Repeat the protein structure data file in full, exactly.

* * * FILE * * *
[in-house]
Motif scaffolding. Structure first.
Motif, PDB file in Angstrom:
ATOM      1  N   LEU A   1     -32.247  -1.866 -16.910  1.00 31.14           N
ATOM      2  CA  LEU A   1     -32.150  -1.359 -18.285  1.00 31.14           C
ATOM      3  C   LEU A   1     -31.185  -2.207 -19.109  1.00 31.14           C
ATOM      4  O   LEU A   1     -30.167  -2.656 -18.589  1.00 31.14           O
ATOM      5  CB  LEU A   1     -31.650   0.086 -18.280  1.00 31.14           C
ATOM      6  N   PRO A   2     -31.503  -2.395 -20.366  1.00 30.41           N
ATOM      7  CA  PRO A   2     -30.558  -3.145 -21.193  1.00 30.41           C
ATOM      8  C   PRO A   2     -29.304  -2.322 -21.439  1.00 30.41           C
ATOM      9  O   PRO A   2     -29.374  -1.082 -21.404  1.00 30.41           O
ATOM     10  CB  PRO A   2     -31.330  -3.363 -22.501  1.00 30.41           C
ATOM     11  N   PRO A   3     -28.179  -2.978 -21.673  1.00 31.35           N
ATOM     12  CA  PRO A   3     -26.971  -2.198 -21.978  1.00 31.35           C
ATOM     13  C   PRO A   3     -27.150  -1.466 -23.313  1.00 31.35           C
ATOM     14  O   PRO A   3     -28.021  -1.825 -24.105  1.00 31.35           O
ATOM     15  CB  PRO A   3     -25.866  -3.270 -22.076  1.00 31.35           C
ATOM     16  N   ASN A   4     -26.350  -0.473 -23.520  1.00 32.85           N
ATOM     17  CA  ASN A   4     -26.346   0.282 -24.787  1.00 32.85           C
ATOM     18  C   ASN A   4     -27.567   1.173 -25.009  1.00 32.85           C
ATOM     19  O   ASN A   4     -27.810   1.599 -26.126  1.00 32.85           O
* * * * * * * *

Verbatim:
[in-house]
Motif scaffolding. Structure first.
Motif, PDB file in Angstrom:
ATOM      1  N   LEU A   1     -32.247  -1.866 -16.910  1.00 31.14           N
ATOM      2  CA  LEU A   1     -32.150  -1.359 -18.285  1.00 31.14           C
ATOM      3  C   LEU A   1     -31.185  -2.207 -19.109  1.00 31.14           C
ATOM      4  O   LEU A   1     -30.167  -2.656 -18.589  1.00 31.14           O
ATOM      5  CB  LEU A   1     -31.650   0.086 -18.280  1.00 31.14           C
ATOM      6  N   PRO A   2     -31.503  -2.395 -20.366  1.00 30.41           N
ATOM      7  CA  PRO A   2     -30.558  -3.145 -21.193  1.00 30.41           C
ATOM      8  C   PRO A   2     -29.304  -2.322 -21.439  1.00 30.41           C
ATOM      9  O   PRO A   2     -29.374  -1.082 -21.404  1.00 30.41           O
ATOM     10  CB  PRO A   2     -31.330  -3.363 -22.501  1.00 30.41           C
ATOM     11  N   PRO A   3     -28.179  -2.978 -21.673  1.00 31.35           N
ATOM     12  CA  PRO A   3     -26.971  -2.198 -21.978  1.00 31.35           C
ATOM     13  C   PRO A   3     -27.150  -1.466 -23.313  1.00 31.35           C
ATOM     14  O   PRO A   3     -28.021  -1.825 -24.105  1.00 31.35           O
ATOM     15  CB  PRO A   3     -25.866  -3.270 -22.076  1.00 31.35           C
ATOM     16  N   ASN A   4     -26.350  -0.473 -23.520  1.00 32.85           N
ATOM     17  CA  ASN A   4     -26.346   0.282 -24.787  1.00 32.85           C
ATOM     18  C   ASN A   4     -27.567   1.173 -25.009  1.00 32.85           C
ATOM     19  O   ASN A   4     -27.810   1.599 -26.126  1.00 32.85           O